What does the future hold for stock photographers?


Submitted by fsiphotography on 6 March, 2014 - 20:26

Recently I read a few forum threads talking about how strict stock photo sites can be with their submissions. Only accepting a small percentages of those submitted to them.

Part of the reason though is people coming up with the same old thing. There is probably a million and one photographs online of pretty beaches. And you can replicate this for so many other topics. The microstock agencies simply don't need them.

But it has made me think about what the future may hold? Obviously editorial photos are much more sustainable because of the nature of them. But for regular stock, it may be different. In a few years will we reach a point whereby a photo exists pretty much of anything and everything. Will the microstock sites pretty much sack off accepting new submissions when they already have databases containing vast quantities of files?

Perhaps we will reach a stage where we work on a system whereby no normal new submissions are accepted because everything already exists. And then separately the agencies have a 'required' list of current types of photographs they need and then you can only submit those. They could also run a customer section of 'wanted' threads so they know customers want a new unique image.

Perhaps this system would work better. Rather then lots of photographers constantly submitting more and more of the same stuff that is already out there. This would save the photographers time, and the microstock sites a lot of time as they would need less reviewers and it would be less intense on their servers saving them money on their costs.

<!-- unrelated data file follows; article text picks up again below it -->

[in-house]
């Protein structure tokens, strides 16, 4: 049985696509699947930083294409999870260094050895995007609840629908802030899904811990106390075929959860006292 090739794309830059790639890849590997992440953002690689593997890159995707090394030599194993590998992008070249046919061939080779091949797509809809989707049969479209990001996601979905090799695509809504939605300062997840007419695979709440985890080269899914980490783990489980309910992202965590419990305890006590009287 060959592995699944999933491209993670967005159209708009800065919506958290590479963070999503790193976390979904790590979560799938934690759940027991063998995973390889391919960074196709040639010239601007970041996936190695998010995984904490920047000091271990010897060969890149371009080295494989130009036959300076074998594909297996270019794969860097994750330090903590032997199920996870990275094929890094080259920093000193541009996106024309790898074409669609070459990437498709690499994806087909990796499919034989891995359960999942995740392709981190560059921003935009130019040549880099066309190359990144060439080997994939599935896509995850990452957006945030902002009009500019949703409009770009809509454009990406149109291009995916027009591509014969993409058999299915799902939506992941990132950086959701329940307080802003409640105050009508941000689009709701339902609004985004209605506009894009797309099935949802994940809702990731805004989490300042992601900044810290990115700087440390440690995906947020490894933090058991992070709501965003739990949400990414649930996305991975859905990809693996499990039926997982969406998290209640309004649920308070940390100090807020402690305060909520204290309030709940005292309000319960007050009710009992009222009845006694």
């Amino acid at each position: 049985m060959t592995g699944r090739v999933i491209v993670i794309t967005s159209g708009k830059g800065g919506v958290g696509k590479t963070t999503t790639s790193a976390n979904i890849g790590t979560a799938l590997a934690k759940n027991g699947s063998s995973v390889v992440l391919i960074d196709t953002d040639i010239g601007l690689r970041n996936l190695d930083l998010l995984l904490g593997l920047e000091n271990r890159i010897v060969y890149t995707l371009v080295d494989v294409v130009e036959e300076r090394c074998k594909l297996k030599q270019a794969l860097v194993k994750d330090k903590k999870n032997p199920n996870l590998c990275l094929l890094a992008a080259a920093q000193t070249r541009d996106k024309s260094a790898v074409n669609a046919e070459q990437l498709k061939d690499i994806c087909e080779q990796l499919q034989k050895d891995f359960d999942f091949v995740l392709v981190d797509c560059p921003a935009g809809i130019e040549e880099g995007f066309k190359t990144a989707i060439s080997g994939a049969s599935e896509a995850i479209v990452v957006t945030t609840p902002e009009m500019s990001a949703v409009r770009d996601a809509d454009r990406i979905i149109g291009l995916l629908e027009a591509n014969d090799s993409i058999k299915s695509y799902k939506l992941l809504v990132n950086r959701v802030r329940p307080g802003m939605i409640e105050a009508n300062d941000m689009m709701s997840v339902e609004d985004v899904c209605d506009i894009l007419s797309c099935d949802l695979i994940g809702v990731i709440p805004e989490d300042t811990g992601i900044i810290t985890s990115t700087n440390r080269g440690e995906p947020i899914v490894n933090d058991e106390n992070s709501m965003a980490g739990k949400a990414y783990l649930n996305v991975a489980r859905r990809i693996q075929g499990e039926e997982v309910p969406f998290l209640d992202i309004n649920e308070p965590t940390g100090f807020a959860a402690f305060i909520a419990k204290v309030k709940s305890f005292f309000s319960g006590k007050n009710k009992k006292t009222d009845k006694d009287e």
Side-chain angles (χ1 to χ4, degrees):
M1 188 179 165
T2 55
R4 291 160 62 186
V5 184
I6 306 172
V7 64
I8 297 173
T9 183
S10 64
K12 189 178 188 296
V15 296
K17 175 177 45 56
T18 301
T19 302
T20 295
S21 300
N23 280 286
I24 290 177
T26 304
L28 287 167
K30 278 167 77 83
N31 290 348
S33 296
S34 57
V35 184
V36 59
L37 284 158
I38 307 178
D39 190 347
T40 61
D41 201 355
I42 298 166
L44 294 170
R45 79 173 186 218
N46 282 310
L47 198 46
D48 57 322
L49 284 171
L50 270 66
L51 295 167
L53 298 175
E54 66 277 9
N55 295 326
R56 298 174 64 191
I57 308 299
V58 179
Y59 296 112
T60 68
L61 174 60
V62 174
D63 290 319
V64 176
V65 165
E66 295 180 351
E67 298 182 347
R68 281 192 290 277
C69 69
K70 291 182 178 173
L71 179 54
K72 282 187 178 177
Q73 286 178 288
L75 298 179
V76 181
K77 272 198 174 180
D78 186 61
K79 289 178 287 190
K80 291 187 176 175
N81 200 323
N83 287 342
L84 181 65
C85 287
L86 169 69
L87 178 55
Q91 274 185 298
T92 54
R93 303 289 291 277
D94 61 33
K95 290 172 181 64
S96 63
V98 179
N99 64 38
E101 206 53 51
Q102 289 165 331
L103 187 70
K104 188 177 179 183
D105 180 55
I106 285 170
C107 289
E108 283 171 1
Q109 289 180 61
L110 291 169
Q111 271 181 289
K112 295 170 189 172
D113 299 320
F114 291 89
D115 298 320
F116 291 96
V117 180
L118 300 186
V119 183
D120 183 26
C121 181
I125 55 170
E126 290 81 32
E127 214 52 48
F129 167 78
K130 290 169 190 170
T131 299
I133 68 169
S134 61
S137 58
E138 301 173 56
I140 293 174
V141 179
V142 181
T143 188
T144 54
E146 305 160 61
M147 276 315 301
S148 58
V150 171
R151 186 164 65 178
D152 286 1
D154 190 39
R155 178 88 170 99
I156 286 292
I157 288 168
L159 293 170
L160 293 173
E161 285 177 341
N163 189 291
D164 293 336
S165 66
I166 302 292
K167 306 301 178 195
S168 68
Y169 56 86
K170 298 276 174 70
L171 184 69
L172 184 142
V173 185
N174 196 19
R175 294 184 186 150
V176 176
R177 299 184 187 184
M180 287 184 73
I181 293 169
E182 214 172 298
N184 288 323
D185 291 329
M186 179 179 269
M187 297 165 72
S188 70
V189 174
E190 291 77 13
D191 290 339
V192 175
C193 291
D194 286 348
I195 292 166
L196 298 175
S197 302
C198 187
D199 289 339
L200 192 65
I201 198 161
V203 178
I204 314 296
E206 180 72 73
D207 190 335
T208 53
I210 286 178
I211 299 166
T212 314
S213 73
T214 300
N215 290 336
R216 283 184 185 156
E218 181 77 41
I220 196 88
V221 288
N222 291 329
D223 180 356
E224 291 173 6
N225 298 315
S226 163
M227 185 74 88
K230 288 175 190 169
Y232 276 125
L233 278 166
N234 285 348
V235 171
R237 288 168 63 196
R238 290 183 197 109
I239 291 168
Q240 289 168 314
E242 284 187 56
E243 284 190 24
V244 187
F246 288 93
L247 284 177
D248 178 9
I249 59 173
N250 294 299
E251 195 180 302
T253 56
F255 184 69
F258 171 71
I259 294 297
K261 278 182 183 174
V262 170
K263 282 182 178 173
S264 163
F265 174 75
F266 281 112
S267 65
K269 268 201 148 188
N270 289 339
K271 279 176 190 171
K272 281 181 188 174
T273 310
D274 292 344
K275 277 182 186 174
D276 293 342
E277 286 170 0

Who knows what the future holds for this industry. But one thing to be sure of, over time it will probably change.



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Comments

I feel the opposite on editorial vs "general microstock". It's the editorial that seems to get undervalued, but also more at risk from citizen journalists. editorial sells on most microstock sites for the same price as a microstock image but often it has with a really limited scope of use or a limited life span.

There is no doubt that there is a lot of competition and market forces 'should' dictate that the price / profitability will be forced down to the lowest it can sustainably go. (that might include a price below sustainability and the failure of businesses along the way). BUT, there is a creative... je ne sais quoi element that is mixed in here that bucks simple network economics and fuels lots of companies that survive things like curation of their collections rather than the actual content - similar content can always be found somewhere else but just how easiliy?

I still don't think that microstock sites are saturated. There is _always_ a gap, there is always a quest for fresh new images, and there is always a new design trend, there will always be money for those smart and agile enough to see these trends and stay ahead for the competition. 5 years ago everything was isolated on white, now it all seems to be shot on rustic wooden surfaces in a 'hap hazard' way - even harder to do, making it look like "it just fell like that" is actually really hard to pull off without looking like a photo someone just snapped my accident

 

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